There’s two guys that are willing to kick Martin while he’s down with one of them being Grocer who is even more pissed off at Martin because Martin’s replacement job took away the contract he was originally supposed to fulfill. The second man is Felix LaPoubelle (Benny Urquidez), a former Basque terrorist who wants revenge against Martin for a past job. Martin also has two National Security Agency agents who are following his every move after being tipped off by Grocer of the upcoming hit that Martin is contracted to do. What he doesn’t realize is that the target he is supposed to kill is Debi’s father who is about to testify against his employer. As his past catches up to him in every way possible at his reunion, Martin keeps trying to reconnect with Debi while other people try to kill him.
I love black comedies like this one because it appeals to my sense of humor and also because there really aren’t too many of them made anymore. Not only are they rarely made, but they are also rarely good since it’s hard to keep to balance the humor so that it doesn’t go too far overboard into unlikability. It really helps when you have performers like John Cusack, Dan Aykroyd, and Alan Arkin in the mix as they not only get this kind of humor, but they are also master practitioners of it. My favorite scene in this movie is the one with Arkin and Cusack during their therapy session. Both are so good in it as they balance the humor with the underlying danger that Martin represents with the unease of the doctor. I think Arkin should have won a Best Supporting Actor nomination for this even though his role is limited in it. The rest of the cast are all great too and it was fun spotting well known actors in smaller roles in this before their careers took off. While I think the ending felt a little too rushed and not as well executed as the rest of the movie, Grosse Pointe Blank is still a great movie and it contains my favorite John Cusack performance.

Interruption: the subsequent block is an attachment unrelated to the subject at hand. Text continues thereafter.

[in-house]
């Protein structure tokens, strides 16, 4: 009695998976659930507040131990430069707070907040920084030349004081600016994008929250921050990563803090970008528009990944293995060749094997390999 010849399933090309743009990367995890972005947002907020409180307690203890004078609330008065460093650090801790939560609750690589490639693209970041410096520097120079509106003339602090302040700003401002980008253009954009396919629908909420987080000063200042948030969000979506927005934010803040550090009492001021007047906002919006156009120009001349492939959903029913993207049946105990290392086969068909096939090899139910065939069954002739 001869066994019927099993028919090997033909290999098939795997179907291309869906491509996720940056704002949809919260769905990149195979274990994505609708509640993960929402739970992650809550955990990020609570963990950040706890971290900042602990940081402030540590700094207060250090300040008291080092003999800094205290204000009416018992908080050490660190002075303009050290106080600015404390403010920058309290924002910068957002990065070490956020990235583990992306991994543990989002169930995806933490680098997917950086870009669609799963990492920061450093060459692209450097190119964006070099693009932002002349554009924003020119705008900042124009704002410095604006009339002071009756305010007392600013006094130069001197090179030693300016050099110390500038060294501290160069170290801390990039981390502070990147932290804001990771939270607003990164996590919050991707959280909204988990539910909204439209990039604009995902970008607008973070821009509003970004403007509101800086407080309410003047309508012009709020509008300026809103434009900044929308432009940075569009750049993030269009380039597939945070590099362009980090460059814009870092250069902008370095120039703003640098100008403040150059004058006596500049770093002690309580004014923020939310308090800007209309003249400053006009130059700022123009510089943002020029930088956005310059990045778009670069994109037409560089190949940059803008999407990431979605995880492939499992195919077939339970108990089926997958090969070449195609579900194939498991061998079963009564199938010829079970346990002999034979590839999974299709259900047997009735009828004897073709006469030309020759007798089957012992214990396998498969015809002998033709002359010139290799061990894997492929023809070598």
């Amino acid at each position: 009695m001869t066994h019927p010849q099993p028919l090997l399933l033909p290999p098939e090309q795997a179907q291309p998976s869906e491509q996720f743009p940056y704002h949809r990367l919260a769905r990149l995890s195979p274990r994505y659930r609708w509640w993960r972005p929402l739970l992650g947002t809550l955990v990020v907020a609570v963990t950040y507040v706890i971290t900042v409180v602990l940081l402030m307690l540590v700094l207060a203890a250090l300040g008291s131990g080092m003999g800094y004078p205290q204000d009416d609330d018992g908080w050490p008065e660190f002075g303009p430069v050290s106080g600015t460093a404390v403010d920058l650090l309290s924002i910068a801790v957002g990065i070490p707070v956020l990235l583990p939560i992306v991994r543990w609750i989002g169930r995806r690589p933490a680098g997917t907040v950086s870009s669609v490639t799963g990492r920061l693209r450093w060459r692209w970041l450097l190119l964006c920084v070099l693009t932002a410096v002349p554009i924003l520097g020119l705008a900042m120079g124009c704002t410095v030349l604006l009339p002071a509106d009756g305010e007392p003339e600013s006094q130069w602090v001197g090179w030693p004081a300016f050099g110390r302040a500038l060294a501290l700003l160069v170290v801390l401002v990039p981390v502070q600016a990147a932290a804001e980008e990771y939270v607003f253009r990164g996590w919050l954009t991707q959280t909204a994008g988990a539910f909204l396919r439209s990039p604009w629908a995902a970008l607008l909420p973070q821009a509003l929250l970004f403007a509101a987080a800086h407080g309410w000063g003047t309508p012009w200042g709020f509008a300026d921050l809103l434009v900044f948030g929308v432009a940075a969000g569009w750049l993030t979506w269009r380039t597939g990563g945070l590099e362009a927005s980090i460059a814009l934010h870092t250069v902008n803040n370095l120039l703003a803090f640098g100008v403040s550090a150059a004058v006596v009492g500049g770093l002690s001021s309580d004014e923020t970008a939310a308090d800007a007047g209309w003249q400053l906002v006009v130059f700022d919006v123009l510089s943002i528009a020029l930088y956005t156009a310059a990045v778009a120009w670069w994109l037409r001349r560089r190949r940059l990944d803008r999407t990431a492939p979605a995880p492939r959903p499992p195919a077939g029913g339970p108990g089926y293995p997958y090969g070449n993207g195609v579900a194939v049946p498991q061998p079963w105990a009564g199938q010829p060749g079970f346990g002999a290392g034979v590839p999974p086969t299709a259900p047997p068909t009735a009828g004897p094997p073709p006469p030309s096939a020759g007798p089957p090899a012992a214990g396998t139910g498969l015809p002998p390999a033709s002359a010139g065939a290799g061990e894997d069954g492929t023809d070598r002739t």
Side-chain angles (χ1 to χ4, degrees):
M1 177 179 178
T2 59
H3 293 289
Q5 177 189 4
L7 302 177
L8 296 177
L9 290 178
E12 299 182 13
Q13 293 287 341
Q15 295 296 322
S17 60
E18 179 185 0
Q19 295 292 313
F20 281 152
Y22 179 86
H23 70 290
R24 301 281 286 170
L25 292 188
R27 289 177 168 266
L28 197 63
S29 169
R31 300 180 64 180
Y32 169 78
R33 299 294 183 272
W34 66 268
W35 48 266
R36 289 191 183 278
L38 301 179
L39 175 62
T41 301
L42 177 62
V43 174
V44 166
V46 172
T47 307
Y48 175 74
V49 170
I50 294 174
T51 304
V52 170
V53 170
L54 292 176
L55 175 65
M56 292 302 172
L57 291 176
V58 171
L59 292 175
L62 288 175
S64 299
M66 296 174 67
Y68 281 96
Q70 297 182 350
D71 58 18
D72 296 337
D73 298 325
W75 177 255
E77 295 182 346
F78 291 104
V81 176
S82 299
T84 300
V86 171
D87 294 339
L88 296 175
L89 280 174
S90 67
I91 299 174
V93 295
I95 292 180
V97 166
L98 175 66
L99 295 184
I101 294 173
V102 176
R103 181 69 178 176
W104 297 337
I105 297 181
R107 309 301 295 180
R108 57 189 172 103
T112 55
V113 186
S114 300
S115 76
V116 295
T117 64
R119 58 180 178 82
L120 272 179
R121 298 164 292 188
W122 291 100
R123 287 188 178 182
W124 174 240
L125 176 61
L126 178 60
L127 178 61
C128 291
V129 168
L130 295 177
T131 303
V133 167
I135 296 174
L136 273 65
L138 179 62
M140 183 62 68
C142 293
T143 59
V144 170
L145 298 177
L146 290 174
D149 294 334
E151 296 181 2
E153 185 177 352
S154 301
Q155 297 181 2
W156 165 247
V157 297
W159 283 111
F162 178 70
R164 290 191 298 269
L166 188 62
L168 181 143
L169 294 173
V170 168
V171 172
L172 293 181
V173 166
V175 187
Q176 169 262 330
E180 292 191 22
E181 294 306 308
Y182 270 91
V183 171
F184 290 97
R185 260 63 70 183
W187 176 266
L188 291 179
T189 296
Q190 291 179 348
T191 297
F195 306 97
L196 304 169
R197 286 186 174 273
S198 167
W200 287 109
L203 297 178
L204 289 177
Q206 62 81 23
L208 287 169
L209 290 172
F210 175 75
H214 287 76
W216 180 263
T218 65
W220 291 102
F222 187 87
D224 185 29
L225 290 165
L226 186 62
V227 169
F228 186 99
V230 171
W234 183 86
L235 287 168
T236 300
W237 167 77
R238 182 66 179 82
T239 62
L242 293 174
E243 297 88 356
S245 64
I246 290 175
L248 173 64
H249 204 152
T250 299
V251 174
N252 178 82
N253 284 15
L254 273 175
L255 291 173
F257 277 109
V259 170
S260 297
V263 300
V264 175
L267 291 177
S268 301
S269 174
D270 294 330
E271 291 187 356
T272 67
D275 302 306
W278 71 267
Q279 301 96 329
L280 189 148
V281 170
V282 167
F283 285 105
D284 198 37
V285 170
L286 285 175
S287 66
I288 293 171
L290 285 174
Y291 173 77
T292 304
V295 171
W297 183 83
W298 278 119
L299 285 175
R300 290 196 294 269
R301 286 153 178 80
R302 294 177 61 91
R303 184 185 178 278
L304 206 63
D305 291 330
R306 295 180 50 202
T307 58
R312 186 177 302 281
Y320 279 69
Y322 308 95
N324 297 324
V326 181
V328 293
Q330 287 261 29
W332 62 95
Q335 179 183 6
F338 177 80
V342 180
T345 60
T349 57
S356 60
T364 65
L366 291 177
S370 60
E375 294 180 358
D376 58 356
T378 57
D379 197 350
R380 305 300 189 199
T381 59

This 1080p (1.78:1) transfer is something of a letdown as Disney usually offers high quality transfers for their movies. It looks like they used a dated master which was their first mistake and then tried to improve upon it which resulted in a lot of edge enhancement, halos, out of whack contrast, and other digital defects. Flesh tones are also inconsistent as they veer from natural to an pinkish hue, but black levels fare better with a nice dark inkiness that was missing on the earlier DVD release. Detail is also much improved, especially in close-ups, but overall this transfer should have looked a lot better than this.
Grosse Pointe Blank’s DTS-HD Master Audio 5.1 mix is thankfully a lot better than the video quality. This is an active mix that uses every channel well and one that is far superior to the mix that accompanied the earlier DVD release. The front channels offer clear and clean dialogue for the most part, but it was a tad lower in volume than the rest of the mix than I would have preferred. The rear channels and the LFE channel deliver the action and the super 80s mix of music well. Since The Clash’s Joe Strummer provided the film’s score and music, there’s an abundance of punk and new wave music that’s not only represented well in this mix, but was so successful on it’s own that it spawned two soundtracks for the film. The sound effects are well prioritized in the mix and their directionality between the channels is very accurate. While the video quality may not be a huge advancement over the DVD, this audio mix is and it helps balance out this disc’s misfires in the video and extras categories.
This is another “Anniversary Edition” from Disney that doesn’t offer anything special at all despite the the implication that it will. I really wish Disney would either stop marketing their movies that way or (even better), they would start adding the quality and the extras that fans expect to get for an Anniversary Edition instead of just a trailer like this one has. It’s a shame that the lack of extras will bring down the final score for this great movie.
This is a fantastic black comedy that’s perfectly cast for every role in a very original movie. It’s a shame that Disney didn’t put the appropriate effort behind this Blu-ray release to justify it’s “15th Anniversary Edition” marketing tease as the video quality should have been a lot better and the extras are non-existent. Maybe the 20th Anniversary Edition will be equal to the merits of this movie. Despite my complaints about this release, it’s still a great movie and better than the previous DVD release so I’m still recommending it to fans and those people that haven’t seen it yet.